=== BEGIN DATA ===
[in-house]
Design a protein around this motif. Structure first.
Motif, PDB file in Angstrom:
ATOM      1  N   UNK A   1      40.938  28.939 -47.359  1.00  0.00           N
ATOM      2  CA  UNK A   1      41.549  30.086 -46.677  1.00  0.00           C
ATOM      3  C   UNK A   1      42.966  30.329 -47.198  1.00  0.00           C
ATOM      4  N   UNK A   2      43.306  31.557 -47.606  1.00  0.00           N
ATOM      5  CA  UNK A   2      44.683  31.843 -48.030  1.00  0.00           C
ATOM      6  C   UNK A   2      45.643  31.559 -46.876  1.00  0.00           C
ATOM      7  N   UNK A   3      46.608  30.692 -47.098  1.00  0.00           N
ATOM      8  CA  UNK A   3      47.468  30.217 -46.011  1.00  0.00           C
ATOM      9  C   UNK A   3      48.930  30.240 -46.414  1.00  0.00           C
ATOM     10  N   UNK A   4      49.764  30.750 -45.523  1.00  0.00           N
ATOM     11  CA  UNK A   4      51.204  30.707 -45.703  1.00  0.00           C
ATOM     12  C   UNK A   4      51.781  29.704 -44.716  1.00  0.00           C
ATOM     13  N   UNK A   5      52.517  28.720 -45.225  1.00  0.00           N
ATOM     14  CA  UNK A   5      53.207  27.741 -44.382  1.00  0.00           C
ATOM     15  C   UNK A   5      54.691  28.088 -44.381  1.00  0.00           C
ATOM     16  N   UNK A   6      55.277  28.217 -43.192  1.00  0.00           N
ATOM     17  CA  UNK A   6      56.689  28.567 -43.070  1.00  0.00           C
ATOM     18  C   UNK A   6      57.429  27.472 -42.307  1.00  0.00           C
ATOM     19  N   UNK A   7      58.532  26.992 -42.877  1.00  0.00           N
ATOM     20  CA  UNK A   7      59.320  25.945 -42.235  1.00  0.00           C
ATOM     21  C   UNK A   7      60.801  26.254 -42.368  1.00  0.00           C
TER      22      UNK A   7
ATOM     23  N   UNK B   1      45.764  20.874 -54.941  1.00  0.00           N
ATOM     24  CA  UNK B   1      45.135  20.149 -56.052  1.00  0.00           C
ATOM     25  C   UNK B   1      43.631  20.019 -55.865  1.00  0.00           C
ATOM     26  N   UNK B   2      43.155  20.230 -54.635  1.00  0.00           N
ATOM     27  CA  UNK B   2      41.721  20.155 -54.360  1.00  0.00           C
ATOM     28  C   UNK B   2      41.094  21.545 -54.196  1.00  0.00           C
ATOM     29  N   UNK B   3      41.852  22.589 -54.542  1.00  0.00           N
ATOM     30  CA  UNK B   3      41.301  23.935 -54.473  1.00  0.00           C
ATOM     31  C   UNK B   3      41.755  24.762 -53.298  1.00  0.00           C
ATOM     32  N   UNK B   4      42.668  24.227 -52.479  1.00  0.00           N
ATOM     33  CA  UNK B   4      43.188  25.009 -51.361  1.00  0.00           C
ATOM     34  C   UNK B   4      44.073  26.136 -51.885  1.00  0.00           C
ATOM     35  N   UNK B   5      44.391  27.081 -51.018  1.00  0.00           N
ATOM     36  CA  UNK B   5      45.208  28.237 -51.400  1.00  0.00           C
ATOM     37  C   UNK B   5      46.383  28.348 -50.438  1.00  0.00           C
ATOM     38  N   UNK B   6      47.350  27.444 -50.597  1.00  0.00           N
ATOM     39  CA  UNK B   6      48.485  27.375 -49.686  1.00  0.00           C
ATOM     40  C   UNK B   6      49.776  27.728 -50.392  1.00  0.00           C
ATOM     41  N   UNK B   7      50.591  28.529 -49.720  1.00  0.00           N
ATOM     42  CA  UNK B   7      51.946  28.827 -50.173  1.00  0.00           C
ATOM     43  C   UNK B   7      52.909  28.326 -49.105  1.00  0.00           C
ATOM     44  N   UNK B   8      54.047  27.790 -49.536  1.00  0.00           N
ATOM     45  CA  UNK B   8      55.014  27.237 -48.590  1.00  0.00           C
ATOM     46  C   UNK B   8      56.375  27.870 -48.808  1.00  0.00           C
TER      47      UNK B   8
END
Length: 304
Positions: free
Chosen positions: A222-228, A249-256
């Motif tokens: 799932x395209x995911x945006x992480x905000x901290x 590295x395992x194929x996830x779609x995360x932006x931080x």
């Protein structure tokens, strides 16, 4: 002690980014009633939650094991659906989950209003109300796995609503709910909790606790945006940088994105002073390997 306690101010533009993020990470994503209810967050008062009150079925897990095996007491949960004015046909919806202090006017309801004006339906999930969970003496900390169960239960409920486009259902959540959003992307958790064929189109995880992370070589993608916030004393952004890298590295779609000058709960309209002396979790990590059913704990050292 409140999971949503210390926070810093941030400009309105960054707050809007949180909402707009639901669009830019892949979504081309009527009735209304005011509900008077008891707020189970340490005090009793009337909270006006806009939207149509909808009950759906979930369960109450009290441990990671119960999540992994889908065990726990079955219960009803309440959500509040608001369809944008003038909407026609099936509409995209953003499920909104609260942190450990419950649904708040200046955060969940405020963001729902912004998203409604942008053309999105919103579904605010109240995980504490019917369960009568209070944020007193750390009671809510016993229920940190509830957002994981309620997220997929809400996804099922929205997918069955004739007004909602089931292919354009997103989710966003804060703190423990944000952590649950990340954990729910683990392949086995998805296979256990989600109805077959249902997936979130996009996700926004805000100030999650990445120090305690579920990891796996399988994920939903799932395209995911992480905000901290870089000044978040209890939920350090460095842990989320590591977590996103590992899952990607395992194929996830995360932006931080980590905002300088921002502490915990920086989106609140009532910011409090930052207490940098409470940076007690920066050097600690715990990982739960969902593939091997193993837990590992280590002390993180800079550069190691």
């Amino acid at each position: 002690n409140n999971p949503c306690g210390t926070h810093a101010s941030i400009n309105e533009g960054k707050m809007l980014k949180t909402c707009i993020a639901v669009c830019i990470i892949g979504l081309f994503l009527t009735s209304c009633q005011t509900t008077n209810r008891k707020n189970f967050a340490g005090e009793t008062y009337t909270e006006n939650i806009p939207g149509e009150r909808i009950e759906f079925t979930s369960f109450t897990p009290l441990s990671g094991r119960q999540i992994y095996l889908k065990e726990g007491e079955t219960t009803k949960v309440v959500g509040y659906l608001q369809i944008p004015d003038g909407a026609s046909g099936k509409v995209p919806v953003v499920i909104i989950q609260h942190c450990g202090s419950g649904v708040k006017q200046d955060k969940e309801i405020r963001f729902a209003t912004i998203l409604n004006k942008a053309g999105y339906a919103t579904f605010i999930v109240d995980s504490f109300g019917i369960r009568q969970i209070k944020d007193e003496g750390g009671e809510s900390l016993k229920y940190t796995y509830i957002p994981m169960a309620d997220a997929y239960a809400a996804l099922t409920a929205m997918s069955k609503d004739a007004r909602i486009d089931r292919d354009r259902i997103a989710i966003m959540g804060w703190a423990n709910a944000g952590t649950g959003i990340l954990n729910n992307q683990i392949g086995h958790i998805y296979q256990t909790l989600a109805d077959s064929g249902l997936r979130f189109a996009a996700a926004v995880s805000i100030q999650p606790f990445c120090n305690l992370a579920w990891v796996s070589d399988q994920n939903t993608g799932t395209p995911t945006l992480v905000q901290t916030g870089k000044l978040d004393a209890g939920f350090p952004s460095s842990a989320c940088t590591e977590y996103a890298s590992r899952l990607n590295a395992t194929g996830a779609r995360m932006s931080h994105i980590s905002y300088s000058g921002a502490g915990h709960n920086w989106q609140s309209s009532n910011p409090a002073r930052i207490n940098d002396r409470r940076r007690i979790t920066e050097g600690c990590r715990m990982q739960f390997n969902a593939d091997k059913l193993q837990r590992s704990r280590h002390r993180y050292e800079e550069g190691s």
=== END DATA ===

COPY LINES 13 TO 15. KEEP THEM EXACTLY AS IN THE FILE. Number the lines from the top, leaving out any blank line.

ATOM     10  N   UNK A   4      49.764  30.750 -45.523  1.00  0.00           N
ATOM     11  CA  UNK A   4      51.204  30.707 -45.703  1.00  0.00           C
ATOM     12  C   UNK A   4      51.781  29.704 -44.716  1.00  0.00           C